Centred on the songwriting of guitarist and singer Rhys Kelly, north of England based Ten Fields produce bittersweet music that's a cut above the average indie folk band. Joined by his guitar-playing brother Nathan and bassist Rick Robinson plus additional drums, guitar, banjo, pedal steel and strings, the band produce a sound inspired by contemporary folk and Americana that resonates with the listener immedietly.
Between the low-key dramatics of opener 'Don't You Get Me Wrong' and the closing 'Under a Gathering Sky', Kelly demonstrates a knack for writing catchy, confessional heart-on-sleeve songs that are brought beautifully to life by the assembled company. The American influences are subtle, surfacing occasionally, as on 'Summer Rain' complete with mournful fiddle, and especially on the more upbeat 'Don't Forget My Love' where banjo and pedal steel add authenticity.
There's a distinct sense of nostagia running through much of the material but the soul-searching introspection of songs like 'Always' is tempered by the more upbeat material, including the positively jaunty 'Coming Round'. Melancholy, though, seems to be Rhys Kelly's default setting as self-explanatory song titles 'Separate Ways' and 'Save Me' clearly indicate.
Eliza Carthy may have spun the phrase first - at the least she used it for an album title - Anglicana. It's one of those imprecise terms we like so much that seems applicable to what are often new songs, but predominantly delivered through acoustic music which is clearly drawing on folk traditions and throughout has a distinctly English feel but without anyone actually raising a flag. And that's a good enough description for the songs made by Ten Fields. Ten Fields is a five piece band based around singer-songwriter Rhys Kelly, with Nathan Kelley on guitar, Rick Robinson on bass, Sandy James on violin and Joe Cox on drums. Winter Sun - Summer Rain is their début album and the sound they produce is elegantly restrained, frequently showcasing a weeping violin line, over a series of mostly love songs - songs that focus on the melancholy sides of love - the unrequited, the unconvinced as well as the more obvious old and lost love. So Don't You Get Me Wrong see's Rhys Kelly "trying to remember if you said that you would ever be the one to promise comfort and release"; whilst on Always the line "I wait for you to call for me / to hear your laugh upon the wind / to see your smile in everything" is the plaintive wish of a man unwillingly far from home and all that entails.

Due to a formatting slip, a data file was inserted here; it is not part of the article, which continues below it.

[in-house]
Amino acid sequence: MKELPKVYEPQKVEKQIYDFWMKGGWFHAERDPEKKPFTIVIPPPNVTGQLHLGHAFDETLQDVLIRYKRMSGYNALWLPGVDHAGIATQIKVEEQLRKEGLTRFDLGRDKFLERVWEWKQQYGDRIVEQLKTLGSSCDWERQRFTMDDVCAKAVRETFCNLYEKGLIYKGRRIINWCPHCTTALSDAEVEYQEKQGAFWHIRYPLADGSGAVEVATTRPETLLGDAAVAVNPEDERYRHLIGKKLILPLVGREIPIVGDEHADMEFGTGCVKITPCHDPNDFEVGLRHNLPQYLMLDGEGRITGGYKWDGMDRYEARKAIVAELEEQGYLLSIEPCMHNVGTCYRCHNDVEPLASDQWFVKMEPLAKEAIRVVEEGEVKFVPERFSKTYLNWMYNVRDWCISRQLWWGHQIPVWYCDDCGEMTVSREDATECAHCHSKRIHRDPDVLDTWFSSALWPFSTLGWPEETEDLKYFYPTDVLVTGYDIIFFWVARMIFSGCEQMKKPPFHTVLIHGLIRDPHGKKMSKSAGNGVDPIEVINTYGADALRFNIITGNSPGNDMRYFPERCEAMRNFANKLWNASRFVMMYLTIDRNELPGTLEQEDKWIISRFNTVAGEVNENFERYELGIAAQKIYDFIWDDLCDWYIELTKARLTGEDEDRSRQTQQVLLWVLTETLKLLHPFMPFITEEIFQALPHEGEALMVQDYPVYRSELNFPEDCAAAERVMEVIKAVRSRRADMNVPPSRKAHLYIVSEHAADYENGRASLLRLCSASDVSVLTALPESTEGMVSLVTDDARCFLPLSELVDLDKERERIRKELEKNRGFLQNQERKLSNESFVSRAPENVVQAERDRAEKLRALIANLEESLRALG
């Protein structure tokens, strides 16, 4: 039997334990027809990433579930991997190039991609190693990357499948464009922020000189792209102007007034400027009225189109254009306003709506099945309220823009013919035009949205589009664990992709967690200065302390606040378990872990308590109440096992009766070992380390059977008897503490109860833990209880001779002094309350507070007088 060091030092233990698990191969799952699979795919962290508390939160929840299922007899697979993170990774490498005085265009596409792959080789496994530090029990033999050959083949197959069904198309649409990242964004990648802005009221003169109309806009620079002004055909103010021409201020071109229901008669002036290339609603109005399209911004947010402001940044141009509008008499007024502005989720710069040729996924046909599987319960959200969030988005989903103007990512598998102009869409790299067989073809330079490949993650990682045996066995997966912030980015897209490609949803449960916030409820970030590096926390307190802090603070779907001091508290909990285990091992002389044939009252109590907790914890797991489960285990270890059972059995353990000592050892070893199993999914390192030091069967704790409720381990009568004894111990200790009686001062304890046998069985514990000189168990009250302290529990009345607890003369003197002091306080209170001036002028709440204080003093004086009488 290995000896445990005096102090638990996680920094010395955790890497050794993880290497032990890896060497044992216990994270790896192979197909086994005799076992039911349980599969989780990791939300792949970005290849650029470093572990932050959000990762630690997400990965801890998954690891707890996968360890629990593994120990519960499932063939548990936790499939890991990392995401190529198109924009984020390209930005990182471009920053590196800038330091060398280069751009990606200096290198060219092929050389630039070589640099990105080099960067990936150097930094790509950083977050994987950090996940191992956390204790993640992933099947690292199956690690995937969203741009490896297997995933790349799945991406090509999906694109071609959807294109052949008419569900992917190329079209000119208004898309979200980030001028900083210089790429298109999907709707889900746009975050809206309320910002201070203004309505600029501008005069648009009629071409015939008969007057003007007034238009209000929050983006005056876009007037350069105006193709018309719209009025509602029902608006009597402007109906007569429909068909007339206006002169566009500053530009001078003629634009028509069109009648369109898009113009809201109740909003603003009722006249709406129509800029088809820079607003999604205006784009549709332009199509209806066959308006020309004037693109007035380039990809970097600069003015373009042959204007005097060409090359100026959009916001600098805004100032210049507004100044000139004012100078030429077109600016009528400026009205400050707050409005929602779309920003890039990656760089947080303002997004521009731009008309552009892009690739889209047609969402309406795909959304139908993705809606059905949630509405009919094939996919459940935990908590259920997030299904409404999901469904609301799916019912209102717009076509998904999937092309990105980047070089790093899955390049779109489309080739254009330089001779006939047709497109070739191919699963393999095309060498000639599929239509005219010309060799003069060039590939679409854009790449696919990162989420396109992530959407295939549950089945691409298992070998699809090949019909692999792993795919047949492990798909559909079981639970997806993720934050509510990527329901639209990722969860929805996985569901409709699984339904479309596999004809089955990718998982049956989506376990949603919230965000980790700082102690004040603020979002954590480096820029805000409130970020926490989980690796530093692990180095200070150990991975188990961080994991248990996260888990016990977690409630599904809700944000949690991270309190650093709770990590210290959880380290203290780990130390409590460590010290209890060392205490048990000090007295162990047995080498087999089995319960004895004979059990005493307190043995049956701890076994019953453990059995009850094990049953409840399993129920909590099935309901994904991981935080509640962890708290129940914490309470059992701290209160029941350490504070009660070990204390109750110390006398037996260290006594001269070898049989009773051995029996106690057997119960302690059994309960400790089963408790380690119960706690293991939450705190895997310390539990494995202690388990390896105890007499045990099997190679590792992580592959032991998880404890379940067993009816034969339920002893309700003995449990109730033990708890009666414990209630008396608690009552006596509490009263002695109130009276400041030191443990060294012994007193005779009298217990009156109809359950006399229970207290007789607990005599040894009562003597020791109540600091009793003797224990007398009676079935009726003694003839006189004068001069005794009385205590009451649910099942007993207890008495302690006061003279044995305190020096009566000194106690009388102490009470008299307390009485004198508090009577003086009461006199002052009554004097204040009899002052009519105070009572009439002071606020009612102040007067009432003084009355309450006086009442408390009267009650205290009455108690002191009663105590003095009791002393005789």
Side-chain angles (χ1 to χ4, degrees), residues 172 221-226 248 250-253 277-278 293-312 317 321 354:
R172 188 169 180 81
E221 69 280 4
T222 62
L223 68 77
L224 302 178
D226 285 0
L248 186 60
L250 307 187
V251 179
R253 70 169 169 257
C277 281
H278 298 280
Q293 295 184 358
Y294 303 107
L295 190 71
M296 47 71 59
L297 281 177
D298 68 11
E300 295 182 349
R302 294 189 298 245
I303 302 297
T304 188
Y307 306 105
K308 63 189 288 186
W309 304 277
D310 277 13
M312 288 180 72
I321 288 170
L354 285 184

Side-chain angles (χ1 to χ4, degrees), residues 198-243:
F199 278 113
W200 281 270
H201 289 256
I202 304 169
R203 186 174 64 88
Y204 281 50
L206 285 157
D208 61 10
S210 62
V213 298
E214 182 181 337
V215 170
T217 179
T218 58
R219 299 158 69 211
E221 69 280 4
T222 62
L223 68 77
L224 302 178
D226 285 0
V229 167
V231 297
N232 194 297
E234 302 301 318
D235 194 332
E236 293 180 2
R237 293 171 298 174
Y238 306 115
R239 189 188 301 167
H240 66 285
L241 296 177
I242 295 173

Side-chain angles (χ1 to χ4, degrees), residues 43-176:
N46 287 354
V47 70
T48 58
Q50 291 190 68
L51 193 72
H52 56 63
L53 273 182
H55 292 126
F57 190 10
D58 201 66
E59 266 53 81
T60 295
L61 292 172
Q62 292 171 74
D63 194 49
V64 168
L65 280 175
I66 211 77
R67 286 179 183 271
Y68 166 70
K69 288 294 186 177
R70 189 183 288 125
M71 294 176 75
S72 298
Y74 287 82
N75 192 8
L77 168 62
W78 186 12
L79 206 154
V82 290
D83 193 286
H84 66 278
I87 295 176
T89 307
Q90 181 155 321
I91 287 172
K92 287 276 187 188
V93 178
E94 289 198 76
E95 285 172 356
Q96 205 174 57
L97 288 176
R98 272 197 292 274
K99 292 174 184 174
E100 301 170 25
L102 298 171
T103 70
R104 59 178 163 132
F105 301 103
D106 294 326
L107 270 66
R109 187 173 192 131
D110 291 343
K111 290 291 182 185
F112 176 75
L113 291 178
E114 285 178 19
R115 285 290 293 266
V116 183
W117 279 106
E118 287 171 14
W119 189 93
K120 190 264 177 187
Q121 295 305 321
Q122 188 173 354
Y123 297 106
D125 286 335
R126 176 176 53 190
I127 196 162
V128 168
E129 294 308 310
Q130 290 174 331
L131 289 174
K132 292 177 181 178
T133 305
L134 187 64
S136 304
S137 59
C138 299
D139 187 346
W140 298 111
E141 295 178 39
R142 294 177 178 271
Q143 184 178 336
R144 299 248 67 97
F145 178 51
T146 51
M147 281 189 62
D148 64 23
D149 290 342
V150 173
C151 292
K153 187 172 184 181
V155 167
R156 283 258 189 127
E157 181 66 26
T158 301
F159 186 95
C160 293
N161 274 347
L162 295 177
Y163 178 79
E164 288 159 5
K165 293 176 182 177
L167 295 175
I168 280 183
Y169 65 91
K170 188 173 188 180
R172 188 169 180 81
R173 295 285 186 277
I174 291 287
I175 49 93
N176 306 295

With a strong sense of place conveyed by the tunes, there are several of the songs which bring to mind last year's album from Merrymouth, and a few - such as Summer Rain - bring to mind the late-lamented Grassoline with a growling vocal unfolding the sights, feelings and torn emotions that well up during a rainy summer day's hill trek. Don't Forget My Love ups the tempo for a sure fire toe-tapper. A couple of times Ten Fields display some Americana flourishes - most successfully on Separate Ways with some nice pedal steel. The final track, the piano led Under A Gathering Sky, brings together all the best of what has gone before for on a song which celebrates the twin riches of obscurity and true love, with Rhys Kelley bringing out his most emotionally charged vocal of the album. All in all Winter Sun - Summer Rain is an accomplished début, more than worthy of a listen.